A dental crown is much like a bridge or filling, except it has its own specific job that neither of these options provide. Many people try to use crowns, fillings, or bridges as interchangeable terms, but this is an incorrect assumption as each are very different. A dental crown is an amazing tool and helps to correct a tooth and even strengthen it when the need arises. Let’s dive deeper.
What is a Crown?
A crown is a cap or cover for a damaged tooth. It is made out of various materials, but the most commonly used materials are usually metal alloys, porcelain, and resin composite. The more popular options are porcelain and resin composite because they resemble the color of the tooth and blend in. This means it looks like a natural tooth and doesn’t stand out, unlike the metal alloys that look blackish or silver in the mouth.
What Do Crowns Do?
When a tooth is cracked, has a large cavity, has an odd shape, is discolored, etc. this is when a crown is used. Crowns are also used to hold a bridge in place which fills in for a missing tooth. The crowns act as anchors on either side of the false tooth. A crown covers a tooth which makes it stronger, holds together any broken pieces, makes it aesthetically pleasing, etc. For example, say a tooth has suffered decay and has damaged a large portion of the tooth. A filling is usually used in order to fix cavities or decay like this. However, fillings aren’t strong enough when it comes to such a large portion of the tooth being affected. In this case, a crown would be used instead since it acts like a filling, but is stronger and can cover a larger surface area.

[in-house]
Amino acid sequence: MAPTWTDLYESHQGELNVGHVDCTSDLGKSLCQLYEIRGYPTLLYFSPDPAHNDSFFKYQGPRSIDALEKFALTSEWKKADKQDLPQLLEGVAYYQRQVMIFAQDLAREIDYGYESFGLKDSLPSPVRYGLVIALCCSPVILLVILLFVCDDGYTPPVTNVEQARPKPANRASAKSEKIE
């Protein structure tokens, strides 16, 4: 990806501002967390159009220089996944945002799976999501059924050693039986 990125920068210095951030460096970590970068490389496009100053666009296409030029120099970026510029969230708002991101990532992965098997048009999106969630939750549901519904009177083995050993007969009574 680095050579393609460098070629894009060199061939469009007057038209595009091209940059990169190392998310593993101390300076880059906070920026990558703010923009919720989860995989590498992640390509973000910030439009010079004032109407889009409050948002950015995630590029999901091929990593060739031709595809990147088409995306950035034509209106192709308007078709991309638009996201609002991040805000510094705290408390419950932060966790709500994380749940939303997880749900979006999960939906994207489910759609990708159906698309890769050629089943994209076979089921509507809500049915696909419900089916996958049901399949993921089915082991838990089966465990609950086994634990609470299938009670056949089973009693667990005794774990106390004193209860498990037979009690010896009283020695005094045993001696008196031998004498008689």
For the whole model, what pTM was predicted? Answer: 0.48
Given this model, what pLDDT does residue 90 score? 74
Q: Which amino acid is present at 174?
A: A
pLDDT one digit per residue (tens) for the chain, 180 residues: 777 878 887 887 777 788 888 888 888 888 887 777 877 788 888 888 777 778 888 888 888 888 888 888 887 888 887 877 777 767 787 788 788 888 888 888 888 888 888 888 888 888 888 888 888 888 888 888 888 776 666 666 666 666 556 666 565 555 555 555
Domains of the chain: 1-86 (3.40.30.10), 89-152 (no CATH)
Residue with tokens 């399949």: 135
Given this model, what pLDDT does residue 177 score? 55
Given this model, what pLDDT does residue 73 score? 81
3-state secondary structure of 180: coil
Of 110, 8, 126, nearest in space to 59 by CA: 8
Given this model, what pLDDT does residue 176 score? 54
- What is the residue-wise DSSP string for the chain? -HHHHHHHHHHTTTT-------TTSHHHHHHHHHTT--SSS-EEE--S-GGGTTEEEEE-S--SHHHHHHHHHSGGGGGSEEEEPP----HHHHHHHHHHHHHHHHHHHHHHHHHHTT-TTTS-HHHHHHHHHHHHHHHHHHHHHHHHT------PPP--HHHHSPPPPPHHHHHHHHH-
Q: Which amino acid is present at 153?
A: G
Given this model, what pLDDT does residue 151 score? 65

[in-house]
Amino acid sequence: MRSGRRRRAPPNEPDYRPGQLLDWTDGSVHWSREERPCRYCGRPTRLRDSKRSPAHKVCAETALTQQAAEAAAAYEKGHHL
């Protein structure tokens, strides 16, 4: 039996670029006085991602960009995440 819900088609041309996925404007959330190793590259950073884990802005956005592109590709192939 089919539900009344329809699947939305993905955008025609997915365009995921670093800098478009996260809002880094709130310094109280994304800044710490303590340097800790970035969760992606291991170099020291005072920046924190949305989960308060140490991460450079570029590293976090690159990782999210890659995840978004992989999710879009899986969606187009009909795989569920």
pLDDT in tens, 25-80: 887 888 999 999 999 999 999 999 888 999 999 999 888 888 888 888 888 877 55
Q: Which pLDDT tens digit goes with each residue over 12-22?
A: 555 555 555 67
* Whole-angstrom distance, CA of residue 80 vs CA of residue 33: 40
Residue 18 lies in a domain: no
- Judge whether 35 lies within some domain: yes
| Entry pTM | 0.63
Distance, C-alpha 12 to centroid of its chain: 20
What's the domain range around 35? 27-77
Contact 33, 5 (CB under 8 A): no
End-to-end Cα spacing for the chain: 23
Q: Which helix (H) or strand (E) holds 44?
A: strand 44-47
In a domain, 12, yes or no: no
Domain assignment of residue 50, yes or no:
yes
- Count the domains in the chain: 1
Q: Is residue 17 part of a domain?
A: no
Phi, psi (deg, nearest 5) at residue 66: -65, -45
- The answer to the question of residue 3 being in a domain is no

Temporary and Permanent Crowns
A crown will be adjusted to fit a person’s tooth perfectly. This means that a crown is often made in a laboratory and isn’t done all in one visit. These are known as permanent crowns. Temporary crowns can be made the same day and created at a dentist’s office. However, these are not meant for long term use and will eventually need to be replaced or removed, depending on the circumstances of its use. Molds and measurements will be taken when it’s a permanent crown and this information will be sent off to a lab. Once it’s finished, the lab will send back the crown and your dentist will place it in your mouth and make sure it’s perfect. If it’s not just right, bite issues, pain, etc. could occur. So, it’s important this crown fits correctly with the surrounding teeth. Temporary crowns will be attached until either the permanent crown can be produced or whatever issue is occurring has been resolved.